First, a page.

A popular fiction in South Dakota and elsewhere is that one nibble, one burrow, one high-pitched chirp at a time, the black-tailed prairie dog is invading and destroying grasslands for livestock. As Blaine Harden recently reported in The Washington Post, third-generation rancher Charles Kruze even compared South Dakota’s rodential downpour to a “prairie fire” sweeping across the plains. The irony of Kruze’s analogy is that prairie fires, like prairie dogs, are restorative forces that keep the ecosystem healthy and balanced. A misinformed mythology of prairie dogs as apocalyptic pests, however, now threatens a nearly endangered species that is both native and beneficial to the prairie and those who graze it.
What inspires this misguided antipathy, as I discovered during my 11 months in 2002 as the news writer for The Pioneer Review, a weekly newspaper in the small ranching community of Philip, South Dakota (pop. 850), is more misunderstanding than reality, and more due to human development than to animal nature. I have also since found ample studies defending the compatibility of livestock and prairie dogs in their natural plains habitat.
“The Role of Prairie Dogs as Keystone Species: Response to Stapp,” an 11-author collaboration in 2000 from Conservation Biology, rebuts many of the exaggerated claims of prairie dog destructiveness. “[P]rairie dog colonies,” the group writes, “support higher numbers of nematodes [worms] and higher levels of soil nitrogen. This gives plants a higher nutritional content, higher digestibility, and a greater ratio of live plants to dead plants, and those changes play a role in creating favorable feeding habitat for other herbivores.” Other herbivores, that is, like bison and cattle, which have historically shown preferences to graze, breed and rest in eco-harmony with prairie dogs.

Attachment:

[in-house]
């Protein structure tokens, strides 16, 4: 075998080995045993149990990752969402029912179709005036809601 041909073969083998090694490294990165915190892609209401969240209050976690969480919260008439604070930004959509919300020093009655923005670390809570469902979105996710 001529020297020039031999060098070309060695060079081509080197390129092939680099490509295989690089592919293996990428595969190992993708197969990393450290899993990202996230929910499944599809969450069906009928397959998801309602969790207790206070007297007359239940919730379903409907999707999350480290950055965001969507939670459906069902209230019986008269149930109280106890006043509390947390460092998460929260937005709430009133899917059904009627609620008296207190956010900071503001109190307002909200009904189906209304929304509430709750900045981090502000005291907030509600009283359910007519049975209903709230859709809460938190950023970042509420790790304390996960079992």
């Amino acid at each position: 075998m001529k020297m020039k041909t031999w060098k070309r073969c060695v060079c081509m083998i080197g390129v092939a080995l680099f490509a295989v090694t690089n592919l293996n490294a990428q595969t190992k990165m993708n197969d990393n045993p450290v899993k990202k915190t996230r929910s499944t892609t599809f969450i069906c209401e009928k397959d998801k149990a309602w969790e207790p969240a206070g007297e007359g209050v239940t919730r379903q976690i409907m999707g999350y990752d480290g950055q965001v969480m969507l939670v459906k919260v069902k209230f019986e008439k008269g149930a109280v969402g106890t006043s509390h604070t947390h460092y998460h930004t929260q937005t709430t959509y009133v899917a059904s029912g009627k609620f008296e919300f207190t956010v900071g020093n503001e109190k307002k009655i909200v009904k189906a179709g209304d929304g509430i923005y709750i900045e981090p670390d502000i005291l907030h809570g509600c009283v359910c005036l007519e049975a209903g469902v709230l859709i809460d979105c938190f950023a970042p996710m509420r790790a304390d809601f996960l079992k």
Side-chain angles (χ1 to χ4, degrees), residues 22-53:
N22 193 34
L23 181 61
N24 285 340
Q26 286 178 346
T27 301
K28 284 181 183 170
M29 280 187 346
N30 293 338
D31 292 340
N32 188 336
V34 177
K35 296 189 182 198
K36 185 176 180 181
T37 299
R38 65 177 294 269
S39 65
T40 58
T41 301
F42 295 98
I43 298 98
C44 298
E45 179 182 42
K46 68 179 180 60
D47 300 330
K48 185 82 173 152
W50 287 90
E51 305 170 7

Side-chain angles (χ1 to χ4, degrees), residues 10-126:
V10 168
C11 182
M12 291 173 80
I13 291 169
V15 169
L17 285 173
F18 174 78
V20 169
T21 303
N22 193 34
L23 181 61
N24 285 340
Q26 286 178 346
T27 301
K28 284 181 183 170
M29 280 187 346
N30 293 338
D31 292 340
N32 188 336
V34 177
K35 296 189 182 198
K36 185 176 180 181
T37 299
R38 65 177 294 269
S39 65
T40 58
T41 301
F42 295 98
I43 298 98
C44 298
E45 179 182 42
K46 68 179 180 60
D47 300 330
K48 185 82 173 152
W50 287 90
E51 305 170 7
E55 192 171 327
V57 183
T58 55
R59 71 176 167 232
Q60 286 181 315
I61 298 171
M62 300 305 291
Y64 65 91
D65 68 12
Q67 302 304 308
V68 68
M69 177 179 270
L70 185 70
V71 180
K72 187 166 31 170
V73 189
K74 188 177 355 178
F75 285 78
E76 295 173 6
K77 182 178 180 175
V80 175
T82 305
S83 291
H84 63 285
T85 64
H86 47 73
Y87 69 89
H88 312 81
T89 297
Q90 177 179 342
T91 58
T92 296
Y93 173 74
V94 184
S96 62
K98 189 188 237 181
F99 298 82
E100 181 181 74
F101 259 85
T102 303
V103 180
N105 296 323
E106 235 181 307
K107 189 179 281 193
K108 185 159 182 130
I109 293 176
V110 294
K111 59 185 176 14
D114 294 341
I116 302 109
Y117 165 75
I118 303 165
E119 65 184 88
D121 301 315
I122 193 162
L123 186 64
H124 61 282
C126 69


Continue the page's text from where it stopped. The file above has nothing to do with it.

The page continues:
Conflict over space only arises when prairie dogs have to compete in unnaturally close quarters with cattle and crops. Once almost uncountable from Texas north through the Great Plains (one early 1900s prairie dog town reportedly covered 25,000 square miles and housed a projected 400 million residents), prairie dogs have lost at least 98 percent of their original range. Nowadays they reside mostly on grassland islands, where they are asked to obey fence and property lines.
In this unnatural containment the prairie dog as official pest is born. Pressed up against cropland or boxed into a handful of acres, prairie dogs cannot preserve their habitat indefinitely without fanning out as they used to do on the open prairie, and as they still do when allowed to share large pastures with cattle. Outward expansion of towns, importantly, does not occur at the expense of forage quality. Indeed prairie dogs maintain permanent residences as responsible grazers. The problem is that artificially constricted colonies can result in the land’s lowered carrying capacity for livestock. And these human-manufactured results are now dangerously mistaken as inevitable consequences of prairie dogs, hence their doomsday reputation.
Janie and Dr. John Malm live near the small farming community of Gregory, South Dakota, and on their farm the two play landlord to a 30-acre prairie dog town. This colony’s narrow boundaries have long compelled the more than 1,000 residents to overpopulate. With dens packed densely together, the town more resembles a churned-up rodeo arena than a grassland community. These days, then, the Malms’ prairie dogs are naughtily tempted to seek additional forage in the greener fields and cropland around them.